43. 43. INTERNATIONAL BEST PRACTICES What we learned ► 20 years ago we were among the leaders but we have been surpassed in some respects ► National leadership ► More emphasis on integrating hazard mapping and flood risk data ► Accessibility ► Hurricane Hazel as a Regulatory event is the mist stringent noted
  44. 44. National Floodplain Management Framework VARIATIONS ACROSS CANADA Copyright: <a href='http://www.123rf.com/profile_winnond'>winnond / 123RF Stock Photo</a>
  45. 45. VARIATIONS ACROSS CANADA Differences: ► Regulatory events Copyright: <a href='http://www.123rf.com/profile_alexmit'>alexmit / 123RF Stock Photo</a>
  46. 46. VARIATIONS ACROSS CANADA Differences: ► Regulatory events ► Governance models Copyright: <a href='http://www.123rf.com/profile_iqoncept'>iqoncept / 123RF Stock Photo</a>
  47. 47. VARIATIONS ACROSS CANADA Differences: ► Regulatory events ► Governance models ► Approach to building in flood plains including SPAs Copyright: <a href='http://www.123rf.com/profile_alexmit'>alexmit / 123RF Stock Photo</a>
  48. 48. VARIATIONS ACROSS CANADA Differences: ► Regulatory events ► Governance models ► Approach to building in floodplains including SPAs ► Challenges
  49. 49. National Floodplain Management Framework EXPERT OPINION Copyright: <a href='http://www.123rf.com/profile_winnond'>winnond / 123RF Stock Photo</a>
  50. 50. OPINIONS OF PROVINCIAL EXPERTS Copyright: <a href='http://www.123rf.com/profile_snake3d'>snake3d / 123RF Stock Photo</a>
  51. 51. OPINIONS OF PROVINCIAL EXPERTS Copyright: <a href='http://www.123rf.com/profile_snake3d'>snake3d / 123RF Stock Photo</a>
  52. 52. OPINIONS OF PROVINCIAL EXPERTS ► Move beyond hazard mapping to consider risk ► The 1:100-year event is not sufficient ► Expand and Update mapping ► Address governance and capacity limitations ► Accessibility
  53. 53. OPINIONS OF PROVINCIAL EXPERTS ► Move beyond hazard mapping to consider risk ► The 1:100-year event is not sufficient ► Expand and Update mapping ► Address governance and capacity limitations ► Accessibility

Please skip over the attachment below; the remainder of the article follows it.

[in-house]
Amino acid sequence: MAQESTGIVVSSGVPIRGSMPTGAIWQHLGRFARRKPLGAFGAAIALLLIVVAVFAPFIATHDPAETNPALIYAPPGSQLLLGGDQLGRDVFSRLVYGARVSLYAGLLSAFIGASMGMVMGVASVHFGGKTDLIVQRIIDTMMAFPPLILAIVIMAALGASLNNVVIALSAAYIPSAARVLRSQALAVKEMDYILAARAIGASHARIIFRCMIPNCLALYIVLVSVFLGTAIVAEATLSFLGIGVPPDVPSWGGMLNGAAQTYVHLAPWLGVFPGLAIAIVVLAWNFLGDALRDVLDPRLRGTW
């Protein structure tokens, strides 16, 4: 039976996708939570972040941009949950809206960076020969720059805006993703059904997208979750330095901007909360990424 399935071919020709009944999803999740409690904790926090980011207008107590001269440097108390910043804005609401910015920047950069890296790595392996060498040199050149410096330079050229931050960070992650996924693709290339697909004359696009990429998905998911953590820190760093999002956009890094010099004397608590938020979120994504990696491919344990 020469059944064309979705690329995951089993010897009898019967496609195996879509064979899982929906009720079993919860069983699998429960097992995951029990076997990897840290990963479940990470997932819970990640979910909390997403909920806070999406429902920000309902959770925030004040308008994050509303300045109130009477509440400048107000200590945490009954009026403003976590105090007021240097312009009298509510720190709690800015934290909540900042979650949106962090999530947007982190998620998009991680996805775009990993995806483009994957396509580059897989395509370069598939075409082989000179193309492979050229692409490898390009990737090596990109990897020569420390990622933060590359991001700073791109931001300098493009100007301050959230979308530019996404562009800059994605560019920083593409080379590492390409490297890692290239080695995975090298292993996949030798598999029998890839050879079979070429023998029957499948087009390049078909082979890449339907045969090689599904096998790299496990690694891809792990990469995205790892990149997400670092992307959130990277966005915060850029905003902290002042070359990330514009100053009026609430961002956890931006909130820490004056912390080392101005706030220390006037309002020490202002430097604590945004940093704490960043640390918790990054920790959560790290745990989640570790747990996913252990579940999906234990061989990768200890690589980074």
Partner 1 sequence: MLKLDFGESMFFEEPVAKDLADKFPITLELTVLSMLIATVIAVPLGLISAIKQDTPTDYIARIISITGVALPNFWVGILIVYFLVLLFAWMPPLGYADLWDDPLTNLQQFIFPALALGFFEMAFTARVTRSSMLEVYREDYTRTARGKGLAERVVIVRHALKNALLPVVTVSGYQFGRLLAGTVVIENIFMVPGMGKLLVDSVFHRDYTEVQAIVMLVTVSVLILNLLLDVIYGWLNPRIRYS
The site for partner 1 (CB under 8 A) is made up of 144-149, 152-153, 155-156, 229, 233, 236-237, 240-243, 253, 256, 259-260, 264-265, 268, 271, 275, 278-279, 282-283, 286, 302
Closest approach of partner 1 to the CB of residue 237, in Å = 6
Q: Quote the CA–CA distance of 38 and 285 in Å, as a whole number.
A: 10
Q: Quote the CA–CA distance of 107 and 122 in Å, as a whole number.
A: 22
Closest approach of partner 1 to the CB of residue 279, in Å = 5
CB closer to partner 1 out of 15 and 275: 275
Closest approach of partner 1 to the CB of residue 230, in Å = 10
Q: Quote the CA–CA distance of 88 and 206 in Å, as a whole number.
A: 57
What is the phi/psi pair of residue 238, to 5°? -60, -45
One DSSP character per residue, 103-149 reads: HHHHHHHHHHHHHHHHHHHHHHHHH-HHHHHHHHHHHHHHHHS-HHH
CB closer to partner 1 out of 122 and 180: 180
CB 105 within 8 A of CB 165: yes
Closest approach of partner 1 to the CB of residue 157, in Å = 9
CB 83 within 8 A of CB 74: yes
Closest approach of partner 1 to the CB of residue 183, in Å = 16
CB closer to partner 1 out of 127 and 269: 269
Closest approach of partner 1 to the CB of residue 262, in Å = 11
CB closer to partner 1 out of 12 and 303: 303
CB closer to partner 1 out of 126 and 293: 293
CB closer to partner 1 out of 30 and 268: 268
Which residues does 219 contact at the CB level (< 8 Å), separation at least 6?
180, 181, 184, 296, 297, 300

54. 54. OPINIONS OF PROVINCIAL EXPERTS ► Move beyond hazard mapping to consider risk ► The 1:100-year event is not sufficient ► Expand and Update mapping ► Address governance and capacity limitations ► Accessibility
  55. 55. OPINIONS OF PROVINCIAL EXPERTS ► Move beyond hazard mapping to consider risk ► The 1:100-year event is not sufficient ► Expand and Update mapping ► Address governance and capacity limitations ► Accessibility
  56. 56. OPINIONS OF PROVINCIAL EXPERTS ► Move beyond hazard mapping to consider risk ► The 1:100-year event is not sufficient ► Expand and Update mapping ► Address governance and capacity limitations ► Accessibility
  57. 57. National Floodplain Management Framework STATUS OF MAPPING Copyright: <a href='http://www.123rf.com/profile_winnond'>winnond / 123RF Stock Photo</a>
  58. 58. STATUS OF MAPPING ACROSS CANADA 1800 1600 1400 1200 1000 800 600 400 200 0 Date of Floodplain Mapping 1974 1979 1984 1989 1994 1999 2004 2009 2014 Floodplain Mapping (km) Year
  59. 59. STATUS OF MAPPING ACROSS CANADA TABLE 1: AGE OF EXISTING MAPPING Period Total (%) Percentile Year Completed 1970-1979 7 25 1987 1980-1989 24 50 1996 1990-1999 22 75 2006 2000-2009 39 2010-2013 8 TOTAL (km) 28,100
  60. 60. STATUS OF MAPPING ACROSS CANADA TABLE 2: MAPPING SUMMARY Total Length (km) Urban (km) Rural (km) Urban (%) Median age British Columbia 2,656 369 2,286 14 1989 Alberta 960 472 488 49 2007 Saskatchewan 253 98 155 39 1989 Manitoba 363 126 237 35 1993 Ontario 16,675 4,500 12,175 27 2002 Quebec 5,800 4,345 1,450 75 2003 New Brunswick <500 132 368 26 1992 Prince Edward Island <50 25 25 50 -- Nova Scotia <500 132 368 26 1980 Newfoundland and Labrador 228 60 168 26 1990 Yukon - -- -- -- -- Northwest Territories 110 -- 1101 -- 1986 Nunavut - - - --- -- CANADA 28,100 10,300 17,800 35% 1996
  61. 61. FIGURE 2: MAPPING COVERAGE ACROSS CANADA Province/Territory Existing (km) Additional (km) Bar Chart Showing Current and Proposed Coverage (%) 0 20 40 60 80 100 British Columbia 2,656 2650 Alberta 960 770 Saskatchewan 253 125 Manitoba 363 185 Ontario 16,750 500 Quebec 5800 10000 New Brunswick <500 250 Prince Edward Island <50 25 Nova Scotia <500 250 Nfld. & Labrador 228 115 Yukon - 2601 Northwest Territories 1102 30 Nunavut - 1303 TOTAL 28,100 15,300 Existing Proposed
  62. 62. National Floodplain Management Framework THE FRAMEWORK Copyright: <a href='http://www.123rf.com/profile_winnond'>winnond / 123RF Stock Photo</a>
  63. 63. FRAMEWORK SCOPE Framework Scope: Guidelines Identifies purpose and general content Performance Standards Identifies key standards that help define risk Technical Standards Recommends proposed standards that contribute to accuracy Initiatives Identifies purpose and general content